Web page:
An official website of the United States government
Here's how you know
A .mil website belongs to an official U.S. Department of Defense organization in the United States.
A lock (lock ) or https:// means you’ve safely connected to the .mil website. Share sensitive information only on official, secure websites.

Major assessments accomplished in true Swamp Fox fashion

  • Published
  • By Senior Master Sgt. Ed Snyder
  • 169th Fighter Wing Public Affairs

The South Carolina Air National Guard recently completed three major assessments in three weeks, proving once again that Swamp Fox Airmen are mission ready. At the same time, preparations for a direct hit threat from Category 4 Hurricane Irma loomed, resulting in the SCANG’s direct support of Puerto Rico and Virgin Islands relief efforts.

These evaluations included a 1st Air Force Alert Force Operational Assessment (AFOA) during the last week of September. It was followed-up with a no-notice North American Aerospace Defense Command (NORAD) Inspector General Fighter Alert Force Evaluation (FAFE) a week later and wrapped up with a four-day Air Combat Command Inspector General Capstone assessment, Oct. 13-16.

Both assessments from 1 AF and NORAD tested the 169th Fighter Wing Aerospace Control Alert Detachment’s ability to support the homeland defense mission. The AFOA conducted an in-depth look at all the 169 FW/ACA’s programs and procedures, while the FAFE had an operational emphasis of the unit’s ability to execute its mission. The overall goal of these assessments was to evaluate the wing’s ability to generate around-the-clock, combat-ready aircraft at a moment’s notice which required a total Swamp Fox team effort.

“Maintenance killed it! Zero discrepancies, 100 percent weapons reliability and excellent overall knowledge from the sharp Airmen working in the 169 FW ACA Detachment,” according to U.S. Air Force Col. Keith Miller, commander of the 169th Operations Group, about the wing’s performance during the AFOA and NORAD/IG visit. “I want to thank every Swamp Fox who contributes to our homeland defense mission. Everyone has skin in the game.”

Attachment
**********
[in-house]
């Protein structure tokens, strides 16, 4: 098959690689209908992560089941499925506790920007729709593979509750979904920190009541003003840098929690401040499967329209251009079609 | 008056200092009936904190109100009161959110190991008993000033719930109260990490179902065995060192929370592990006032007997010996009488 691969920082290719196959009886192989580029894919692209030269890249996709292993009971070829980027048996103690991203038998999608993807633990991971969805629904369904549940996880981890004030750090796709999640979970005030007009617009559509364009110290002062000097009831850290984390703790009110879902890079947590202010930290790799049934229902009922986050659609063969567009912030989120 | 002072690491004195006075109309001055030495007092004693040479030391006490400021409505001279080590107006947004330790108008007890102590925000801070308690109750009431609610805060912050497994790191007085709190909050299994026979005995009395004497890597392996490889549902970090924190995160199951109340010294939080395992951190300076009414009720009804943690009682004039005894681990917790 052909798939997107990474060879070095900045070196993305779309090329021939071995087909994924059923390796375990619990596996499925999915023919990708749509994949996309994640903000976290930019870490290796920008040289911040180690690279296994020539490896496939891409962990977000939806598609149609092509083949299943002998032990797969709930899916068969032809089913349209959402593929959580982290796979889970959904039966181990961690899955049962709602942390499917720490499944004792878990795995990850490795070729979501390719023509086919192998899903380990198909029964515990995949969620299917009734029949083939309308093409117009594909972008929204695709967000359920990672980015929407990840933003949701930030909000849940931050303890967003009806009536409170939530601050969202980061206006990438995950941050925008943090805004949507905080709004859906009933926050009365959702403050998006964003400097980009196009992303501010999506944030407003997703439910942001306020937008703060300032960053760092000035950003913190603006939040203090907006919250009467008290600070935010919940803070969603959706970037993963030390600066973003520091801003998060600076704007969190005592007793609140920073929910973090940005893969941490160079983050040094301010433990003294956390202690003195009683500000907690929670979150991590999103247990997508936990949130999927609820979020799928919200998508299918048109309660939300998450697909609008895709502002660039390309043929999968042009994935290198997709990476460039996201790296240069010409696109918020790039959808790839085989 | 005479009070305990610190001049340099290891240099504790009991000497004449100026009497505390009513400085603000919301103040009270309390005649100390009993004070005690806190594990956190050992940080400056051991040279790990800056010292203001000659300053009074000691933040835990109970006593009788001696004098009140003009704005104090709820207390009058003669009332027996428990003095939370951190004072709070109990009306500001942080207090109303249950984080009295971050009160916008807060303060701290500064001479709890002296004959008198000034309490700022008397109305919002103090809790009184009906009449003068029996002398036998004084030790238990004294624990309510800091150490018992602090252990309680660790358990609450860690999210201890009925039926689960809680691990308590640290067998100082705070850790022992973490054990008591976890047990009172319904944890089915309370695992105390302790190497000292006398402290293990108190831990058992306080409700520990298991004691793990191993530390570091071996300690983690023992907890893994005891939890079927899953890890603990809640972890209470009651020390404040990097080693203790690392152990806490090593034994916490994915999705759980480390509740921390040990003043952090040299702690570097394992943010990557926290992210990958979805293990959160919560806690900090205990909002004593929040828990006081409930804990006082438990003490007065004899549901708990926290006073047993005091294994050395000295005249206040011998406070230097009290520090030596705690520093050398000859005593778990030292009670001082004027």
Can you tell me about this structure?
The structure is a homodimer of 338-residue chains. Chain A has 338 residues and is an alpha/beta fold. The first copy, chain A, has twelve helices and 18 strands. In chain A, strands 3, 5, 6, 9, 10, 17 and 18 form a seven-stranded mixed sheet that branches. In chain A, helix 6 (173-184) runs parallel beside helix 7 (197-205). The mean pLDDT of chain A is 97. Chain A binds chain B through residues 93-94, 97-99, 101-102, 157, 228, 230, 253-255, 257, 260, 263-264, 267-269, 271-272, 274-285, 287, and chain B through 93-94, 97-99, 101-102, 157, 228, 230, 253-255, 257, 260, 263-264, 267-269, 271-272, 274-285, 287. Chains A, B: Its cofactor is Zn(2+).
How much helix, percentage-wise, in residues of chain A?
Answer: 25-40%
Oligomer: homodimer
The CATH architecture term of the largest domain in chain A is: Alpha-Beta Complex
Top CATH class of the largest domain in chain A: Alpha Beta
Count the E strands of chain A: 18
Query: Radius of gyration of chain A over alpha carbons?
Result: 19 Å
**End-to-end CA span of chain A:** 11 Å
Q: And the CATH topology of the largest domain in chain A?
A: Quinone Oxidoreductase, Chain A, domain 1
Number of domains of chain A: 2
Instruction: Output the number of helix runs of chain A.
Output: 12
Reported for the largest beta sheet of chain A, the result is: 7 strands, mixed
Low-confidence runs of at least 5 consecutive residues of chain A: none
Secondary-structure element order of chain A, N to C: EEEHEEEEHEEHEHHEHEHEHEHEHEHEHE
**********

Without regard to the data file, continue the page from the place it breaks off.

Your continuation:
The ACC/IG Capstone rounded out these series of evaluations with a visit of approximately 55 inspectors and various virtual inspections. The Capstone was a four-year culmination of numerous exercises and evaluations conducted by the 169 FW/IG to validate the Commander’s Inspection Program (CCIP).

During the Capstone in brief, Col. Kevin Zeller, ACC/IG Team Chief, said his team’s role was to validate and verify the CCIP by evaluating the assessments conducted from the 169 FW/IG and the Wing Inspection Team (WIT).   

“We are that outside agency, that consulting firm if you could hire one, to come in here and take a look at your processes,” said Zeller. “We want to make this wing better. We want to make all the wings in ACC better. That’s our goal. So, we are a partnership in that process.”

After four days of assessments, which included nearly 125 Airmen-To-IG Sessions (ATIS), every wing function was thoroughly evaluated in its ability to support the wing to successfully complete its mission around the world and at home. These evaluations also looked at how the wing takes care of its Airmen and families, management of resources and improvement of the unit for future manpower, missions and facilities.

An overall “EFFECTIVE” grade was earned by the Swamp Fox team. According to AFI 90-201, The Air Force Inspection System, this rating is given to “indicate performance or operations meet expectations and mission requirements. Procedures and activities are carried out in an effective and efficient manner. Programs and processes are measured and repeatable. Risk-based criteria are usually applied when allocating resources and making decisions. Root-cause analysis is usually used to find and fix problems. Deficiencies exist that do not impede or limit mission accomplishment.”

“I am proud of the effort, attention to detail, professionalism and excellence that the Swamp Fox displayed during these last four years of our AFIS [Air Force Inspection System] journey,” said Col. Nicholas Gentile Jr., commander of the 169 FW. “As we begin our new four-year window, congratulate yourselves on a job well done and know that our state and nation count on us to be trained, ready and lethal.”